Dual-booting, initramfs, busybox, and life!

Alright, here’s one for you.

I have Manjaro and MXLinux installed on an internal SSD. That’s my boot drive.

I also have an internal HDD which I use for media storage. That’s my data drive.

sda and sdb.

Curious issue.

As we know, drive designations are assigned arbitrarily on boot, so my install drive can be either sda or sdb depending on the weather. This generally isn’t a problem as both grub and my fstab use UUID only.

However, if I install updates or run update-grub in Manjaro on a rainy day when my boot drive happens to be sdb, MX won’t boot. Or rather, grub points me to the kernel without issue but once MX begins to boot I’m dropped into a initramfs/busybox shell (with which I have no familiarity but have bookmarked and will be reading up on in due course). I won’t be able to boot into MX again until I run update-grub in Manjaro on a sunny day when my boot drive happens to be sda.

This isn’t really a problem, more of an annoyance and I’d like to find out what’s causing it for my own personal enlightenment.

I’ve dug around a bit but come up mostly empty, that or the results I’m looking for are being lost in the sea of unfortunate souls who can’t figure out how to dual-boot Windows and Ubuntu. The closest match I found was somebody who was using a dodgy ext2 extension (in 2017 no less!) to access their Ubuntu partition from windows and consequently corrupting their file system.

I would like to stress that this is not a help request, if it were I’d post over at the debian or MX forum. I’m just curious whether anybody else has encountered or heard of the same issue before with a multi-boot system.

I’ll probably remove MXLinux or install something else over it once I get this figured out. I don’t care for it at all but to remove it now would be to admit defeat.

Thoughts?

That won't happen, unless any one of these happen.
o installed or had installed (meaning installed and removed) grub-customizer in either manjaro or MX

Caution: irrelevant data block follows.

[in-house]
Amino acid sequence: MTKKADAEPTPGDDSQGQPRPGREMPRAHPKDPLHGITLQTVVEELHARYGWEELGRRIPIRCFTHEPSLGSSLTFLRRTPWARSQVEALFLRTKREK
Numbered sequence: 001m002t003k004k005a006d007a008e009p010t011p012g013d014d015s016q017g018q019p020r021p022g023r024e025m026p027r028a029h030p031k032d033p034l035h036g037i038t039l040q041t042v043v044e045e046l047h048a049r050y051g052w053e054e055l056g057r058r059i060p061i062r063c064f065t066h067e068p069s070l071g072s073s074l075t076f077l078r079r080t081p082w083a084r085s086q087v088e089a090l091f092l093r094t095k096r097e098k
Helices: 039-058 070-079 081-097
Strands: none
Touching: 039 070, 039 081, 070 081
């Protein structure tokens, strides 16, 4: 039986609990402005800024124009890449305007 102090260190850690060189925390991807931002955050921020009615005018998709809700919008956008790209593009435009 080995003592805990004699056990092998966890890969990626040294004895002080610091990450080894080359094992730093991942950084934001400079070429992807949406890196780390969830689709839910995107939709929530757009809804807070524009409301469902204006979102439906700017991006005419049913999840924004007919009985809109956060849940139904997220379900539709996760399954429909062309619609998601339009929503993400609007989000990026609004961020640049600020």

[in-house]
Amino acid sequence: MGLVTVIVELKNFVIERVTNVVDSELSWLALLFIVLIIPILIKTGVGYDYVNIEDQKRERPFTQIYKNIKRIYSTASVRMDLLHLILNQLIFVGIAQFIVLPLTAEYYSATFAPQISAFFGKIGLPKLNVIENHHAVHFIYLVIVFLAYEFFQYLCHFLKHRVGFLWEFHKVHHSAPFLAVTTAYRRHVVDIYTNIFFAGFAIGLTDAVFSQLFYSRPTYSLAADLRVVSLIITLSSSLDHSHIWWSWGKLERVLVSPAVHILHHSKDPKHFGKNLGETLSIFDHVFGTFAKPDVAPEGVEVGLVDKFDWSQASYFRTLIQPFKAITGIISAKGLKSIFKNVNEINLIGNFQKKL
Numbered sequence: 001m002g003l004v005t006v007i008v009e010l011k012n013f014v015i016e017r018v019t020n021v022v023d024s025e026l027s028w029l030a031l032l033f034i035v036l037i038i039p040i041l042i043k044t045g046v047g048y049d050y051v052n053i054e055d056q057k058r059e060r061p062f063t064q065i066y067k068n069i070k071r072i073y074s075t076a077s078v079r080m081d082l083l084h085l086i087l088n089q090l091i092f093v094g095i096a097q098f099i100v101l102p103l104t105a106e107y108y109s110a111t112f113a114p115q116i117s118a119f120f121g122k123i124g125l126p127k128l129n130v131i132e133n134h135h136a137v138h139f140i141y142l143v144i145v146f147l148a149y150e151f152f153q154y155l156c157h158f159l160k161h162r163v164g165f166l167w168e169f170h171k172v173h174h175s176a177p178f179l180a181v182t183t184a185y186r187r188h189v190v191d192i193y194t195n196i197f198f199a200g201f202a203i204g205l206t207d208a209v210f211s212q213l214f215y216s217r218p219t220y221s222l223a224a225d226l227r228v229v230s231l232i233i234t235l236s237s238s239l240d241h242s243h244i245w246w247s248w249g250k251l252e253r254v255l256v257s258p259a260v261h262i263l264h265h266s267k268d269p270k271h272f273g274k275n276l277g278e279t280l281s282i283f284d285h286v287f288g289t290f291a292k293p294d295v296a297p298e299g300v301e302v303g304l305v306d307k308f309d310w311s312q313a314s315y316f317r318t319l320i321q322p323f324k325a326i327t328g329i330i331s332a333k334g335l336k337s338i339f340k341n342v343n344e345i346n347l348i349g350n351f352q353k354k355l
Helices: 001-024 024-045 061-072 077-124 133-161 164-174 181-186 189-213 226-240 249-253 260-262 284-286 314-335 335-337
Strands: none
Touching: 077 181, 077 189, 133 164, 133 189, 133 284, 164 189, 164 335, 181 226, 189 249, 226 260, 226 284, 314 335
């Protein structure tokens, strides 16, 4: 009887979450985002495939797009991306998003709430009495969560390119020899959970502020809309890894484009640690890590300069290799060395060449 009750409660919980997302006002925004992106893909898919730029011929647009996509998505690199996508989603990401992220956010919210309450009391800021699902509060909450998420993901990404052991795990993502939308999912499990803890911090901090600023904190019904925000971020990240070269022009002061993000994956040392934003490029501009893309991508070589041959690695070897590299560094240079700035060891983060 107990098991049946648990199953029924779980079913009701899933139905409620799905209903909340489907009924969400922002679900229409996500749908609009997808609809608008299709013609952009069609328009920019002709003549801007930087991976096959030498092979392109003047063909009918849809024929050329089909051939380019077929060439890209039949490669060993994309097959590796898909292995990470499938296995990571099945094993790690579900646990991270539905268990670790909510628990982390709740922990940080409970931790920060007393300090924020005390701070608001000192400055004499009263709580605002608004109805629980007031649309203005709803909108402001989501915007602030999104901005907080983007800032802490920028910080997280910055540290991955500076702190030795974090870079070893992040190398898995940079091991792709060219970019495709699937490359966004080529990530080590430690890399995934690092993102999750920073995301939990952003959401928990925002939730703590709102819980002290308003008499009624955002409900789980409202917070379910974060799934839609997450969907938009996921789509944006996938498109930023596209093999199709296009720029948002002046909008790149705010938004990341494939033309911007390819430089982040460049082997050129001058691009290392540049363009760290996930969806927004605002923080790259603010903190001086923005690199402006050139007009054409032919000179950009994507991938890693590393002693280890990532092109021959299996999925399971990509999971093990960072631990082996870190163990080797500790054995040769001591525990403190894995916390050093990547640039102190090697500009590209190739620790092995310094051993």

o use of disastrously modified grub (by distro)
o willfully disabled use of UUID in grub (GRUB_DISABLE_LINUX_UUID=true)
o if bios-legacy, grub-install to the non-primary disk mbr, in which case the grub menu will not appear (not an entry which won't boot).

You said..

That implies a bios-legacy boot setting mbr to the non-primary disk (sdb) in which case, as the last point er...pointed out, you should not get to any grub menu, unless you had before 'set grub to mbr' to the other disk.



Since this is not a help request...

I would not expect any further queries from you nor need further explanations from me. :woozy_face:

Cheers. Take care.



[edit] BTW, This was my first reply, but this forum won't allow replies of less than 5 characters. :rofl:

No.

No.

No.

No.

No.

No.

Quite.

:wink:

Much digging last night.

Something about Manjaros grub saying 'mxpateo on /dev/sdb' (informational, still uses uuid) causes debian's kernel to freak out and scream 'whoa corruption! Here, have a busybox prompt'

I can only infer that because I installed on a sunny day there is a line of text somewhere in mx's boot process that has logged that it was installed on sda, being passed to the kernel from a grub entry that contains the line 'on sdb' foxes it.

Mx does not use systemd by default, probably unrelated but noted for my reading list.

More digging required, may have to wait until after the weekend because I have to work on my stupid degree.

Getting a pretty idea of the 'what' just need to figure out the 'why'

This is fun.

Hypothesis:
This issue occurs on debian based distributions using sysvinit when boot is being managed by another distributions grub.

Experiment:
First install Manjaro and MX on a uefi virtual machine and try to reproduce the issue.

Enable systemd in MX and try to reproduce the issue again (is it a quirk with how sysvinit handles the boot process?)

Replace Manjaro grub with grub vanilla and try to reproduce the issue once again. (is it specifically Manjaro's grub that causes the issue?)

If I'm able to reproduce the issue across those three use cases try again to do it with another distribution managing grub.

Great work indeed!


Busy week so just getting round to this. Reproduced in a VM. Tomorrow I'll try to narrow things down.

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